What is the “Best” Mortgage Rate?


According to CMHC’s 2021 Mortgage Consumer Survey, 85% of respondents feel that a mortgage broker would get them the best mortgage rate or deal. All too many of those people associate the “best” rate with the “lowest” rate. While rock-bottom “no-frills” mortgage rates may look great in an advertisement—and can indeed save you a significant amount of interest if you don’t renegotiate early—it’s the loss of flexibility after closing that really stings people. 

What makes a great rate?

The “best” mortgage rate means the lowest rate available for a mortgage that contains all of the features and terms that you are looking for in a mortgage. It also has the highest probability of maximizing your net worth. That means choosing the optimal combination of interest rate savings, term length, rate type, advice and flexibility. 

Some of the features rate shoppers should consider include the penalty to break your mortgage, pre-payment privileges, porting rules, refinance options, readvanceability, payment flexibility and so on. The quality of service from the lender should also be on your radar when mortgage shopping.

How a lower rate could end up costing you more

The cheapest rate doesn’t necessarily translate into the lowest borrowing cost. Lenders are able to offer reduced rates because they typically strip out flexibility. A less-frills mortgage that makes you pay a higher rate or bigger penalty could easily cost you three to four times the interest rate savings. 

How can you decide what’s best for you?

No one can predict their future housing and financial needs with 100% certainty but mortgage shoppers should still take the time to contemplate their long-term goals and expectations. That’s truly the only way to make an educated guess as to what their mortgage needs will be.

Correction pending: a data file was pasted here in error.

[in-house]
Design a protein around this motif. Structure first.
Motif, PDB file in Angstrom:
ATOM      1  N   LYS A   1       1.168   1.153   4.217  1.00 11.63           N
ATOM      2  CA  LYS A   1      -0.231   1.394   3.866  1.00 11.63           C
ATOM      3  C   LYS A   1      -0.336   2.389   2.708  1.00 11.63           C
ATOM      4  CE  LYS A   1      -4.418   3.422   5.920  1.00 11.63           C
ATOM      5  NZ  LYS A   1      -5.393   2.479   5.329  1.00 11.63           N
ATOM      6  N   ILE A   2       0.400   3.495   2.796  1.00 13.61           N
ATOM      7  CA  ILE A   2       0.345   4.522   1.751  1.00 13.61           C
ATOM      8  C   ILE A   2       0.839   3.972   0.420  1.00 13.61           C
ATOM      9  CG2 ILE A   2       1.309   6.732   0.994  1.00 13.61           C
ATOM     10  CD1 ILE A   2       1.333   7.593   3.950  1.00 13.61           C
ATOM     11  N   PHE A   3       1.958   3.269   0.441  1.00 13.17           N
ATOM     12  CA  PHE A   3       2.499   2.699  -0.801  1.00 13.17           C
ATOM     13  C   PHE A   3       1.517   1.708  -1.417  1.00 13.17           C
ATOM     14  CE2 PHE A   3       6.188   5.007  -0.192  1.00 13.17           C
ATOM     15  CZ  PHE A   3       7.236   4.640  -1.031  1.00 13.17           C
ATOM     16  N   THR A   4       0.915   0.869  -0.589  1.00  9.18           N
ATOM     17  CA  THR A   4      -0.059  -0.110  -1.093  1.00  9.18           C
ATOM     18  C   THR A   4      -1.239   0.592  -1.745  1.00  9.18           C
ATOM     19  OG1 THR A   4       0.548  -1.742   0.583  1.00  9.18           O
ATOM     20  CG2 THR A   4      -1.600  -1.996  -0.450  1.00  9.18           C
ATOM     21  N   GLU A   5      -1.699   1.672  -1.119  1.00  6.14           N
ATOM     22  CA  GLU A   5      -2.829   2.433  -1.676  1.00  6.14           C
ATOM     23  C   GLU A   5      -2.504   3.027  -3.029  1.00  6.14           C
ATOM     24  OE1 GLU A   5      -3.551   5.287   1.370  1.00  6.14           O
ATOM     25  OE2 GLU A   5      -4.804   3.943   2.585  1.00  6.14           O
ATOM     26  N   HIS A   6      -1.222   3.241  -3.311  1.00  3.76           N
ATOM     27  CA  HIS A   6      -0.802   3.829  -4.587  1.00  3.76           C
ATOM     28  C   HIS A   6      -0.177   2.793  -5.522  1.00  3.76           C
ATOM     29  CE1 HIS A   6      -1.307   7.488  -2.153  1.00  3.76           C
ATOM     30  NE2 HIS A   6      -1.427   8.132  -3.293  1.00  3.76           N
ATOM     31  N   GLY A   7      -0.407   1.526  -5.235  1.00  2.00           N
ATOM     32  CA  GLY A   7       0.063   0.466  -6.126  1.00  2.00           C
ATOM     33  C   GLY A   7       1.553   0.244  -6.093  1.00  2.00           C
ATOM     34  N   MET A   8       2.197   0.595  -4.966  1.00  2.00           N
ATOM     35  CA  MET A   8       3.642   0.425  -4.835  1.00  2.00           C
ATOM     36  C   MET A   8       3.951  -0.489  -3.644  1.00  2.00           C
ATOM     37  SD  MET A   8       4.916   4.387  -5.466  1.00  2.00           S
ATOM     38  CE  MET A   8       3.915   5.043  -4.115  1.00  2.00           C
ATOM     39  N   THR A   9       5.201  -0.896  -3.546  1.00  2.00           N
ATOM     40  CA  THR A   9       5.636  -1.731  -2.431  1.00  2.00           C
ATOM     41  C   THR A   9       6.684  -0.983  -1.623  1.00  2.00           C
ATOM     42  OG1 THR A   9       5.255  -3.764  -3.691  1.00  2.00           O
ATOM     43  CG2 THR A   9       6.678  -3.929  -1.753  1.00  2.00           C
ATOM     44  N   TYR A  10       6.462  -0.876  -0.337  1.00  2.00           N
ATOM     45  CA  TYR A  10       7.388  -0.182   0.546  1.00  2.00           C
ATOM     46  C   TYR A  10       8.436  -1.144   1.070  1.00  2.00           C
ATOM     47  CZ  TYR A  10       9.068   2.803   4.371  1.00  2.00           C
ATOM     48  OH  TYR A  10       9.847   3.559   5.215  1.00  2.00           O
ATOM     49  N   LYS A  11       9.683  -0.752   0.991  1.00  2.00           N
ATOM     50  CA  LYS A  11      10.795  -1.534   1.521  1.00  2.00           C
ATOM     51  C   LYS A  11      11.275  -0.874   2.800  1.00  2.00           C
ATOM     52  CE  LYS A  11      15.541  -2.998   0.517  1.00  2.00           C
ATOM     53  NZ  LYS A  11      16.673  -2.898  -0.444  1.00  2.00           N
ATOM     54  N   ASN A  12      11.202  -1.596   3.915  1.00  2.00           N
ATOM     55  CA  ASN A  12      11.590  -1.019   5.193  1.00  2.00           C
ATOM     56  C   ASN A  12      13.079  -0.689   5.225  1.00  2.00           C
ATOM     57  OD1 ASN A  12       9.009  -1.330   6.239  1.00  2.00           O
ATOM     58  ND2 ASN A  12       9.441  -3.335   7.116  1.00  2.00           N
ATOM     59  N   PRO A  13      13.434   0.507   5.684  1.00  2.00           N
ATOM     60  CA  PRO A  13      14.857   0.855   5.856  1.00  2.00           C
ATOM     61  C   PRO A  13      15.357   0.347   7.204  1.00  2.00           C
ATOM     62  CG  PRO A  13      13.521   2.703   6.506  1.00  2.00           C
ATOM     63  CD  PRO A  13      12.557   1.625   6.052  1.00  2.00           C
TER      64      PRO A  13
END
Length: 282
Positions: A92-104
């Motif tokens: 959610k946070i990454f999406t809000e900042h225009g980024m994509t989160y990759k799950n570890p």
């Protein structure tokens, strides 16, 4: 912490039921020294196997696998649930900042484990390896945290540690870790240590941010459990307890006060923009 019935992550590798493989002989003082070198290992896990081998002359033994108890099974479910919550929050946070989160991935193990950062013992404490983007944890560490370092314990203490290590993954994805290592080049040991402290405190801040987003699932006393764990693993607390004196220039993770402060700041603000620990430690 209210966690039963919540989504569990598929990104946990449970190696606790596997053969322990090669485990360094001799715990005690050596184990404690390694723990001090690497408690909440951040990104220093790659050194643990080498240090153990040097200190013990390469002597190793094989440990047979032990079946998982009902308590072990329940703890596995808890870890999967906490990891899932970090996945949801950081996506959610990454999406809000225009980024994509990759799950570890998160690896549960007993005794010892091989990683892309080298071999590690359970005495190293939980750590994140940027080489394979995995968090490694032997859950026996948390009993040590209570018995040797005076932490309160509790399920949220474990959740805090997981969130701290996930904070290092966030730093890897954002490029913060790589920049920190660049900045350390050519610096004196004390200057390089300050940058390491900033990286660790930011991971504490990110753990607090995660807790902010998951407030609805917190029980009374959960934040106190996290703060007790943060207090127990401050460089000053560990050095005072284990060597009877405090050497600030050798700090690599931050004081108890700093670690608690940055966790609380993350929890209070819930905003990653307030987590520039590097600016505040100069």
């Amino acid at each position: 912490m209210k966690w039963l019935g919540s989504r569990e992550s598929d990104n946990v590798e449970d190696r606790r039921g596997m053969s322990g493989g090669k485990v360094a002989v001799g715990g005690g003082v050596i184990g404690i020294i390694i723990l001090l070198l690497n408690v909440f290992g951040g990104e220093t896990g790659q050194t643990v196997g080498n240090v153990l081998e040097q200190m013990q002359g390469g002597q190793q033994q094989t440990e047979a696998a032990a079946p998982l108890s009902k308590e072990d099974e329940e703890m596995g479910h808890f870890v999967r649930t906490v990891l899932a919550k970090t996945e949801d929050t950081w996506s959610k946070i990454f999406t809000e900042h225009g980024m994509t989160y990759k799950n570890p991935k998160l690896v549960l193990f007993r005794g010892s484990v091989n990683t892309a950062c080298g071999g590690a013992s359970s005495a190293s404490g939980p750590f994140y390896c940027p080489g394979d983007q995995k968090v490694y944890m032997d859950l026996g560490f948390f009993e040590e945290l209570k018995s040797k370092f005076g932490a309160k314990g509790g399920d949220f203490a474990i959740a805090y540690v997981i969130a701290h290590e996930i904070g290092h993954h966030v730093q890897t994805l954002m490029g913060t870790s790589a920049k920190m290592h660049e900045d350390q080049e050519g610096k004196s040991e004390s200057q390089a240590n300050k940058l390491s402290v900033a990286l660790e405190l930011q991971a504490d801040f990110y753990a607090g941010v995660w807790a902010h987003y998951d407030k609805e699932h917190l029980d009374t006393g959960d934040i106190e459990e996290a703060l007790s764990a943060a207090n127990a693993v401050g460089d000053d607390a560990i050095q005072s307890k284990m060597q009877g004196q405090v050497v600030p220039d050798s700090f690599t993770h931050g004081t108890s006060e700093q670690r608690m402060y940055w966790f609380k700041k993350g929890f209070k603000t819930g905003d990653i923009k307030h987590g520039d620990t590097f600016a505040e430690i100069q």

Here are some questions to ask:

  • Do you anticipate moving before your mortgage matures?
  • Where will you move and how much might you spend on the new home?
  • Will you need to tap into your equity at some point?
  • Will you still qualify if you need to renegotiate your mortgage?
  • Are you better off with a longer amortization?

Career related:

  • Do you expect your earnings to change significantly during the term of the mortgage?
  • Will you receive significant bonuses during the term of the mortgage?
  • Will you need to move cities during the term of the mortgage?
  • Do you view the current property as a “starter house” that you will upgrade when you have the financial means?


  • What is your relationship status? Is there a chance you will enter (or exit) a relationship during the term?
  • Will your family grow during the term?
  • Will any family members move out (or back in) during the term?
  • Do you plan on doing any renovations during the term?
  • Will you require any significant amounts of cash for other parts of your life during the term?

Questions like these above can quickly weed out mortgages with restrictive charge terms.

Tatum Neufeld, BComm
Mortgage Broker • Mortgage Tailors
[email protected]

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Oh hey there! I’m Tatum.

Whether you are looking to buy a home, renew an existing mortgage, refinance to pull out equity, consolidate debt, or finance revenue properties, I’ll give you personalized advice and creative mortgage solutions based on your financial situation.


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